We want to run apache2 in the exact environment that /etc/init.d/apache2 start and apache2ctl start create. You could stare at the scripts and extract environment variables by hand, but this is time-consuming and error-prone. The elegant way to replicate the actions of the scripts is to replace the final call to apache2 with a stub that saves the complete environment, and then exec /usr/sbin/apache2 in that environment from the daemontools run script. To achieve this, one can rewrite apache2ctl (call it apache2ctl_fake) to invoke our stub, then rewrite /etc/init.d/apache2 to invoke apache2ctl_fake instead of the real apache2ctl. The stub itself can simply use env to dump the environment into a file. Putting all this together, we get

exec 2>&1
# rewrite /etc/init.d/ script
cp "/etc/init.d/${NAME}" "/tmp/initd_${NAME}_fake"
perl -pi.bak -e \
  's@APACHE2CTL( start)@ENV /tmp/apache2ctl_fake$1@' \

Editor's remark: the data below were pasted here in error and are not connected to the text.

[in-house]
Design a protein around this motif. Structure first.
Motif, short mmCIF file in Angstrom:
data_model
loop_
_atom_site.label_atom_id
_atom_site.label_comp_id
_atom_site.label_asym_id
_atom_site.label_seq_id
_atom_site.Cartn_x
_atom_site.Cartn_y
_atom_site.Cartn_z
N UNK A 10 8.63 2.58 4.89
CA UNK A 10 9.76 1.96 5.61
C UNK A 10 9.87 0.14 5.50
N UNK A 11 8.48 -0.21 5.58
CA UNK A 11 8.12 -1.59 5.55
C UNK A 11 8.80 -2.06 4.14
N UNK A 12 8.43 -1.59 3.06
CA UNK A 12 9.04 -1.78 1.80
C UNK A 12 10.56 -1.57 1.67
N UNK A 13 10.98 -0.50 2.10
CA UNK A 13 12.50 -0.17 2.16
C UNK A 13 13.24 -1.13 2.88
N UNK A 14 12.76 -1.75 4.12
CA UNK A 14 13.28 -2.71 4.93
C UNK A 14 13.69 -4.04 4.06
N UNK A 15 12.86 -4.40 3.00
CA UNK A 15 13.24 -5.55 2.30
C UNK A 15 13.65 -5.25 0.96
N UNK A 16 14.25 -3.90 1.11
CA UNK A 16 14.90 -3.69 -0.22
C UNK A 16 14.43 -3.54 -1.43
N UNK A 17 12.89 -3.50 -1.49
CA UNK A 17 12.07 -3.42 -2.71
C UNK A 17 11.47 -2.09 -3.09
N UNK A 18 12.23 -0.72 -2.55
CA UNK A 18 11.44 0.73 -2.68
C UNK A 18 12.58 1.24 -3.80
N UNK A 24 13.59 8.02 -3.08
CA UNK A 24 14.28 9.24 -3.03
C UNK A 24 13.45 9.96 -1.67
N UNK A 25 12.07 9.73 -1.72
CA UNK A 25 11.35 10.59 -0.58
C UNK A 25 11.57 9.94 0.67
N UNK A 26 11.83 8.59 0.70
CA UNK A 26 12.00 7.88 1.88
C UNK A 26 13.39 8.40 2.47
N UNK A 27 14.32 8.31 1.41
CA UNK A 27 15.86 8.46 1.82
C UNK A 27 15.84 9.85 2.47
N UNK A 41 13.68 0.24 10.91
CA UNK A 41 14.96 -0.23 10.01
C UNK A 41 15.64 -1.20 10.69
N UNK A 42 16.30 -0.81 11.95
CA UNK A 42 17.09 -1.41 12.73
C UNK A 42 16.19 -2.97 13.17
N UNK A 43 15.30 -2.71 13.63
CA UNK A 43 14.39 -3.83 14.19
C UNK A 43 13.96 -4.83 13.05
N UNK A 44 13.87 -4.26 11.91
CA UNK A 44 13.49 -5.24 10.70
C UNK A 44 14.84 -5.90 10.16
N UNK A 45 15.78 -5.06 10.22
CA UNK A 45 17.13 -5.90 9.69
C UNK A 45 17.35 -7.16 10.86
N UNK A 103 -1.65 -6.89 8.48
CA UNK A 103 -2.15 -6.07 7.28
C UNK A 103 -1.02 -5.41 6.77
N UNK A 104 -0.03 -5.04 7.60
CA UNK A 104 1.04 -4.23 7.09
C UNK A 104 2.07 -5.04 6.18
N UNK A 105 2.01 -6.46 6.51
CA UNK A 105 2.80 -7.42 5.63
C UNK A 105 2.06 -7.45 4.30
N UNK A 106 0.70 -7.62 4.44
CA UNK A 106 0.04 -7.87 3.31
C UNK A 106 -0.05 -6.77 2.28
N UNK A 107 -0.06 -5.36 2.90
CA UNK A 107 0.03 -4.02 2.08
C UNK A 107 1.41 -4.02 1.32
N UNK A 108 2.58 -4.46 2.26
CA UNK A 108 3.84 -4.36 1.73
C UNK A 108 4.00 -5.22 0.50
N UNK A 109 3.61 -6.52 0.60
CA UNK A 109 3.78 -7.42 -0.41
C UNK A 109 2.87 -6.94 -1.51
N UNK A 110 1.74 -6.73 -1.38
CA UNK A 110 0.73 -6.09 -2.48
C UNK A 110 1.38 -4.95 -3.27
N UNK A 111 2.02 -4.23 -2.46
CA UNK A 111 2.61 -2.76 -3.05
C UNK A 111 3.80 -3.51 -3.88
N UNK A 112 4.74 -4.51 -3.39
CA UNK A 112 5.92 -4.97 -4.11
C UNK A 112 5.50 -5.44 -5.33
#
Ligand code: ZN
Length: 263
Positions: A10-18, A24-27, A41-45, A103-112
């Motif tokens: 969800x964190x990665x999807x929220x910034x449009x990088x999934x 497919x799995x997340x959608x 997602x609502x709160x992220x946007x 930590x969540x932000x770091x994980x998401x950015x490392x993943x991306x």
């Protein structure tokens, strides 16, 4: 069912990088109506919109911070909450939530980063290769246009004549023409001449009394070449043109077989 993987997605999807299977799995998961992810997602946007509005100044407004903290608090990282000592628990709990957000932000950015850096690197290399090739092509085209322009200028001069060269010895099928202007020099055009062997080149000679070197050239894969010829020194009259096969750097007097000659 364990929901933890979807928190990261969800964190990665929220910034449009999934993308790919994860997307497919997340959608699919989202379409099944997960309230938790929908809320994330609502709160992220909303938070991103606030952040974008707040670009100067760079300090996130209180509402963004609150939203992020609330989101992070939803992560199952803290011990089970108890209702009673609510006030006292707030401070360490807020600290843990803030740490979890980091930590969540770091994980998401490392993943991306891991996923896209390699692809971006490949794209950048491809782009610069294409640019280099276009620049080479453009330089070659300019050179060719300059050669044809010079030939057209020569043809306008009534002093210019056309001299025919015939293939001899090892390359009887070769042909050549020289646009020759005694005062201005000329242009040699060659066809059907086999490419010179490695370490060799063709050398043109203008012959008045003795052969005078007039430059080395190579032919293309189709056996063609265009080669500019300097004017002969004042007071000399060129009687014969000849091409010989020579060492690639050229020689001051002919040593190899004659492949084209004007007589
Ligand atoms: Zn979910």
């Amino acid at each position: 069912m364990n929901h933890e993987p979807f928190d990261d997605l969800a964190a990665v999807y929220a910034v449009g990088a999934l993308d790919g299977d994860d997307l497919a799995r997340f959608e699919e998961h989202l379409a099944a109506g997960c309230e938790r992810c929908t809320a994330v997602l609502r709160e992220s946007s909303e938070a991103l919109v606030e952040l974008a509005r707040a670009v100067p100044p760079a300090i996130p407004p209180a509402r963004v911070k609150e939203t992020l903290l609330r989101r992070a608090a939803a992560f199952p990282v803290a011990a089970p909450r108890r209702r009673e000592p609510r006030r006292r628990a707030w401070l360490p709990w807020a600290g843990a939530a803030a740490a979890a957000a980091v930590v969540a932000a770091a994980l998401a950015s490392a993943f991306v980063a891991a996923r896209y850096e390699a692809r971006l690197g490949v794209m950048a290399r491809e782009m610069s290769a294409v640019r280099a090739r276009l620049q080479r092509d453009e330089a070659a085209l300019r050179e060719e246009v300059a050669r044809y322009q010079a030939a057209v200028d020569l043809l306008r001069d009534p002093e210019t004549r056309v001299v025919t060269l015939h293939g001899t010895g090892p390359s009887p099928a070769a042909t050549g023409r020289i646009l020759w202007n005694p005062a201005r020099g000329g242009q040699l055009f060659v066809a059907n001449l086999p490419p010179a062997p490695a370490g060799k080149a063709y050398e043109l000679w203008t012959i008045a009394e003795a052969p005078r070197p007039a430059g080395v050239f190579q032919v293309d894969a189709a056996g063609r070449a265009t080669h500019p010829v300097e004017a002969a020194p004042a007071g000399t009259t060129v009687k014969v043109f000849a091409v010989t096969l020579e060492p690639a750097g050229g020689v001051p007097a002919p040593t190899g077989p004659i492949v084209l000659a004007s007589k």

# rewrite apache2ctl
{ echo '#!/bin/sh'; echo "APACHE_HTTPD=/tmp/${NAME}_fake";
  cat `which apache2ctl`; } >"/tmp/${NAME}ctl_fake"
# create stub
cat <<EOF >"/tmp/${NAME}_fake"
/usr/bin/env >"/tmp/${NAME}_env.txt"
# execute fake init.d script
chmod a+x "/tmp/${NAME}_fake" "/tmp/${NAME}ctl_fake"
chmod a+x "/tmp/initd_${NAME}_fake"
"/tmp/initd_${NAME}_fake" start >/dev/null 2>&1
# prefix all encironment assignments with export
perl -ni.bak -e 's/^/export /; print unless /^export PWD=/' \
# load environment
. "/tmp/${NAME}_env.txt"
# call the real apache2
exec /usr/sbin/apache2 -k start -DNO_DETACH -DNO_DAEMONIZE